Aspirin could treat diseases like Alzheimer's

Posted at 12:53 PM, Dec 02, 2015

A new study says a drug most Americans store in medicine cabinets can treat deadly diseases like Alzheimer's, Parkinson's and Huntington's.

Aspirin has long been dubbed "The Wonder Drug" and is commonly used to treat heart attacks, headaches and pain.

"I've had a total knee replacement done and they said to take an Aspirin every day," said George Vigil, who takes it daily.

But researchers at the Boyce Thompson Institute and Johns Hopkins University think they may have found a new use for it -- treating neurodegenerative diseases.

The journal PLOS ONE published the findings last week. 

"I think we are always excited when we see possibilities for new research," said Amelia Schafer, Vice President of Programs at the Alzheimer's Association of Colorado. "I think all of us want to find a cure."

Schafer would like to see the research move into clinical trials, but acknowledges these early findings provide hope for families.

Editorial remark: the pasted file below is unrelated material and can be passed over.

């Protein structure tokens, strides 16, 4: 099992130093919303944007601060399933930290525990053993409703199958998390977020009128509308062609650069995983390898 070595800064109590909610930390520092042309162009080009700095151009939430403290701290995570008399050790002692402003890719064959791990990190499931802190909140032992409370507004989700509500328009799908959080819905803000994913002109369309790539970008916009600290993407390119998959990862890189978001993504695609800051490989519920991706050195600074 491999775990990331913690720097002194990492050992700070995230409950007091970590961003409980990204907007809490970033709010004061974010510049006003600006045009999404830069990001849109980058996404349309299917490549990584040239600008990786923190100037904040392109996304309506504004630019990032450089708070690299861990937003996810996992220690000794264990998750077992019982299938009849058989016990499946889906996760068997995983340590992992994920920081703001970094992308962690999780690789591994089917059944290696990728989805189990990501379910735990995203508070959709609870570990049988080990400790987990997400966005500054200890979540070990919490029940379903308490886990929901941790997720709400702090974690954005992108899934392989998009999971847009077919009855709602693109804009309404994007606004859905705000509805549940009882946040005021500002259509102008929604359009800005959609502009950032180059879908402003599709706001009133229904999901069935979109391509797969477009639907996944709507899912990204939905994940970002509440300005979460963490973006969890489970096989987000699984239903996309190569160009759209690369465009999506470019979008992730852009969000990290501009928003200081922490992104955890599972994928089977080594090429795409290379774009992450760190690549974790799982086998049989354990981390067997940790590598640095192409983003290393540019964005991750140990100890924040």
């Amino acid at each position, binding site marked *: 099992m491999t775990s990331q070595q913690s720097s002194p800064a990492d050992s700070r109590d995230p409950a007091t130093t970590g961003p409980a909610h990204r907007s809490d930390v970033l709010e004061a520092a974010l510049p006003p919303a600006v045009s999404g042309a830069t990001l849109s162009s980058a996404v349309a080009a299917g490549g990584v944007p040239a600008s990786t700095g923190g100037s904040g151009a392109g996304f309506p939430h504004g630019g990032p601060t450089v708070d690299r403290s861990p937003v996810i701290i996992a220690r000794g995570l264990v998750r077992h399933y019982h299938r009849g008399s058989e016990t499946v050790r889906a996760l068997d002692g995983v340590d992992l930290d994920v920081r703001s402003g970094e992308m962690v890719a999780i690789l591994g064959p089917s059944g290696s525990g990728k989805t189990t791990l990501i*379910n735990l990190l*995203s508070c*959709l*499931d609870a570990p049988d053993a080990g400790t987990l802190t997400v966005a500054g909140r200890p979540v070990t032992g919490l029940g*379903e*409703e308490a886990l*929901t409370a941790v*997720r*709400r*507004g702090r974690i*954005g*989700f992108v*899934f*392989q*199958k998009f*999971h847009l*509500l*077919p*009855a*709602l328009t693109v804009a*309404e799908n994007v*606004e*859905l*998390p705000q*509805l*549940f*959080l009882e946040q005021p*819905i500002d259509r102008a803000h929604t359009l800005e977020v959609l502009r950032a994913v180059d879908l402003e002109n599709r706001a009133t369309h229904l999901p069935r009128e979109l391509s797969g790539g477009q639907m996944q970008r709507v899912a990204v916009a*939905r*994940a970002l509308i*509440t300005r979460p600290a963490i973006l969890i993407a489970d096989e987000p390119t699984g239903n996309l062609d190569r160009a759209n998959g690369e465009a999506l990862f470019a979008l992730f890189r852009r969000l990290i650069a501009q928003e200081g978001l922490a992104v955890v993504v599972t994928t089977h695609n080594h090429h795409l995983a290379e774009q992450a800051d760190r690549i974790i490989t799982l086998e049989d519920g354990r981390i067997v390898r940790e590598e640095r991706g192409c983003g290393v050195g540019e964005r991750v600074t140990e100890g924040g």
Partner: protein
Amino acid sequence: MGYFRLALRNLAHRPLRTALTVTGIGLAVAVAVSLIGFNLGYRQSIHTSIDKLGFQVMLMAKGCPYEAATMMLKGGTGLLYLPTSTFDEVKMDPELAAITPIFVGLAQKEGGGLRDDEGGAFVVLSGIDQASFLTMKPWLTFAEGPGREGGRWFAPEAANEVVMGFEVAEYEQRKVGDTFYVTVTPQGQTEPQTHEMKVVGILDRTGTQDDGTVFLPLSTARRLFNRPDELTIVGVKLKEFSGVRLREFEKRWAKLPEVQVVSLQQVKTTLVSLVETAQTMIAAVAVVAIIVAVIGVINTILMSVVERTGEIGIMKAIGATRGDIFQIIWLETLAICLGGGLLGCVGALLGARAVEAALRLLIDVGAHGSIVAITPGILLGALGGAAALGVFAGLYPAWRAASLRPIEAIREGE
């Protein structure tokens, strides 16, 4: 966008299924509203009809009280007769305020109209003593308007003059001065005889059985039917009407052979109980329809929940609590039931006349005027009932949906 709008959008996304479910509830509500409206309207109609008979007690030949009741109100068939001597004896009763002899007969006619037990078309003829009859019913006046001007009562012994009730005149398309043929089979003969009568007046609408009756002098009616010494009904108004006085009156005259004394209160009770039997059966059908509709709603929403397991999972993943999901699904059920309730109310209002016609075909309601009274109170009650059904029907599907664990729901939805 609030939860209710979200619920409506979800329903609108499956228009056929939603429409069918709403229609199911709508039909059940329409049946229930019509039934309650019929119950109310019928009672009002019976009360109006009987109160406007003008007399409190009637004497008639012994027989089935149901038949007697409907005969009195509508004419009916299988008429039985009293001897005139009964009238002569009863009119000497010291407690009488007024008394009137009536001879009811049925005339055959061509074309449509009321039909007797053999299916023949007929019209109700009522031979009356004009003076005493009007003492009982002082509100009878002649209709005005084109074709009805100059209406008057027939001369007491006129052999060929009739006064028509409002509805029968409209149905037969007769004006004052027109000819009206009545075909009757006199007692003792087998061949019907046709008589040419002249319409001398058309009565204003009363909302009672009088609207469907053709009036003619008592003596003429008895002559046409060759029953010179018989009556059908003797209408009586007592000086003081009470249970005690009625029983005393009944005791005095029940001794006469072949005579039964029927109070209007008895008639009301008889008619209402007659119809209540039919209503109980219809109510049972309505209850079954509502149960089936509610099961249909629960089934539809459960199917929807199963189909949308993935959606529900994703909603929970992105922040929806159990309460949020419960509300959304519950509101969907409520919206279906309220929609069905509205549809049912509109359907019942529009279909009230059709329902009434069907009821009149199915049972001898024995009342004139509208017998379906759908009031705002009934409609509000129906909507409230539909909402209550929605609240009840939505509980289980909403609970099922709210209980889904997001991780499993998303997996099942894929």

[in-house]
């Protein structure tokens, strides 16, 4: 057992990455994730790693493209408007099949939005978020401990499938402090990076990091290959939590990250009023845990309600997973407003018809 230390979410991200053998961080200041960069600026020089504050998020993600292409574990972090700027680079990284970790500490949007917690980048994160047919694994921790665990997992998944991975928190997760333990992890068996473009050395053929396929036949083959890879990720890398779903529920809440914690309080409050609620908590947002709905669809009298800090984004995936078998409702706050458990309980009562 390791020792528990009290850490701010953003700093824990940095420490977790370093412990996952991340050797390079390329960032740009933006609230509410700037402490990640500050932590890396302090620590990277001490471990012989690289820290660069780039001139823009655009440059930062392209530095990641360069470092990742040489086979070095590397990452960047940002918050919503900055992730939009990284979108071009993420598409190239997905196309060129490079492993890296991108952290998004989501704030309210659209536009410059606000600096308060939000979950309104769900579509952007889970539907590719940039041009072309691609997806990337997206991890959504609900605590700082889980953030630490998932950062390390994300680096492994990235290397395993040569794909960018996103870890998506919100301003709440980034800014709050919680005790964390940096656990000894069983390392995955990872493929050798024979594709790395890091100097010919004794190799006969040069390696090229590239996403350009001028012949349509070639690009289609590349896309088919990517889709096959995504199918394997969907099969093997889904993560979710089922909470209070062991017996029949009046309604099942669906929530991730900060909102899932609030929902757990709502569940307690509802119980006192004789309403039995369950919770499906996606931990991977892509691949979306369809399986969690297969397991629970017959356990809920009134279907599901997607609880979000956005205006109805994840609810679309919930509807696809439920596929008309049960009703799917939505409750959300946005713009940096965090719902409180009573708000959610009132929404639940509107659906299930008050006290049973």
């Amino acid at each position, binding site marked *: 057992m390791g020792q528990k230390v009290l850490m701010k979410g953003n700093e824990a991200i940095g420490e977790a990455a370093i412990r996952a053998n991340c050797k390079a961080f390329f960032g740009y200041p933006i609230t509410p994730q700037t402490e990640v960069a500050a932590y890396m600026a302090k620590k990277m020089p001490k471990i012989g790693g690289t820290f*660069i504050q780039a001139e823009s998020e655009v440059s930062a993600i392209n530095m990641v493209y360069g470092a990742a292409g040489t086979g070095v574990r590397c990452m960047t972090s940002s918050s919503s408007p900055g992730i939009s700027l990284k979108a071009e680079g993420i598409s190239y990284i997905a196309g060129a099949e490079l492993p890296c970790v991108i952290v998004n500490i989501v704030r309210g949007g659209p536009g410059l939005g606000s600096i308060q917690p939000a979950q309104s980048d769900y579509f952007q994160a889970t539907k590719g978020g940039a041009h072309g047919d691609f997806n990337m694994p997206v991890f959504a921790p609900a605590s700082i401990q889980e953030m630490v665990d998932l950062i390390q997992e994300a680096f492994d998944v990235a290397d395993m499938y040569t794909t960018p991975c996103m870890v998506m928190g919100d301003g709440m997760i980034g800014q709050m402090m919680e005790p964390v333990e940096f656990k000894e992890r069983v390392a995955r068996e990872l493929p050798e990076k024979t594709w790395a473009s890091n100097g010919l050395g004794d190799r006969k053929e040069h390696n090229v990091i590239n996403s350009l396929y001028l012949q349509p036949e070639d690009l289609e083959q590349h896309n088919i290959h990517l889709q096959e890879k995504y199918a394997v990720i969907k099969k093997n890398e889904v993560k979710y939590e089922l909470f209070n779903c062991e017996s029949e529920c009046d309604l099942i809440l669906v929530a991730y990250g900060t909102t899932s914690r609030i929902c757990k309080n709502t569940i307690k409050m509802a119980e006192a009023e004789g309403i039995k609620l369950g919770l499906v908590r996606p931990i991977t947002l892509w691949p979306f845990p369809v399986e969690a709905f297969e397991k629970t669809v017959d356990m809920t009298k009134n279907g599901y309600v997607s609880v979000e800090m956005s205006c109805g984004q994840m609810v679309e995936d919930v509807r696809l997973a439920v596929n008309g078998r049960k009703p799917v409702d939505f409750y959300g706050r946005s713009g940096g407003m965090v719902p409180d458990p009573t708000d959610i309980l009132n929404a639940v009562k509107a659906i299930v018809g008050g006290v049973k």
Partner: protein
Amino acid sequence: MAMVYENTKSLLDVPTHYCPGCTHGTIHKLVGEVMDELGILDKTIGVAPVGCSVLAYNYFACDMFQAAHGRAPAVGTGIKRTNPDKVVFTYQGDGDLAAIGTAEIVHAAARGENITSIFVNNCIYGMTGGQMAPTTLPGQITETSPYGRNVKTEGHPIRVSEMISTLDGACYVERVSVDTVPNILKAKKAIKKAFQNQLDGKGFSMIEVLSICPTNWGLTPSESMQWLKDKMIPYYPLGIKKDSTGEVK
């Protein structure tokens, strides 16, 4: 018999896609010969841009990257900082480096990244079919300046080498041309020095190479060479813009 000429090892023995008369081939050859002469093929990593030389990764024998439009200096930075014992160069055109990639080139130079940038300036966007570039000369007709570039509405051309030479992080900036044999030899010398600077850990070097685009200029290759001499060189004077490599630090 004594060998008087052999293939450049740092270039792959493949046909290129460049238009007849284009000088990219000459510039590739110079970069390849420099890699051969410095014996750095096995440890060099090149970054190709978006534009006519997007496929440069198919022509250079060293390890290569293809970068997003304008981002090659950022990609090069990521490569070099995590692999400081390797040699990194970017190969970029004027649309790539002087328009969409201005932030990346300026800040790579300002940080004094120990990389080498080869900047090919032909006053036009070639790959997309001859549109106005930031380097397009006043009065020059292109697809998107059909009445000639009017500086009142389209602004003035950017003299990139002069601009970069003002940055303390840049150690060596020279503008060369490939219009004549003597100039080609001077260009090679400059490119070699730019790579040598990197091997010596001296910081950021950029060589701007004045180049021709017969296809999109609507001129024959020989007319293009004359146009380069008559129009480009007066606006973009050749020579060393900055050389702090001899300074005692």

"My wife's mother has dementia and she's almost under 24-hour care, so she takes care of her everyday," said Vigil. "She gives her an Aspirin hoping that her dementia and Alzheimer's will come around someday."

The science behind the study shows patients suffering from neurodegenerative diseases have a certain enzyme, called GAPDH, that can enters cells and cause cell death.

The breakthrough focuses on the salicylic acid in Aspirin, which binds to GAPDH and blocks it from entering cells.

"If it can be something as simple as going to your bathroom and opening the medicine cabinet, that would be wonderful," said Schafer. 

If the research proves to work in clinical trials, Aspirin would be a more accessible and affordable option.

"I think she was paying like $100 a tablet for some other stuff for Alzheimer's," said Vigil, describing his mother-in-law's situation. "We can't afford that."Anchor cam tag=

The Alzheimer's Association stresses the importance of waiting for more research to be done. It could be dangerous for patients to start taking higher doses of Aspirin without their doctors' approval. 




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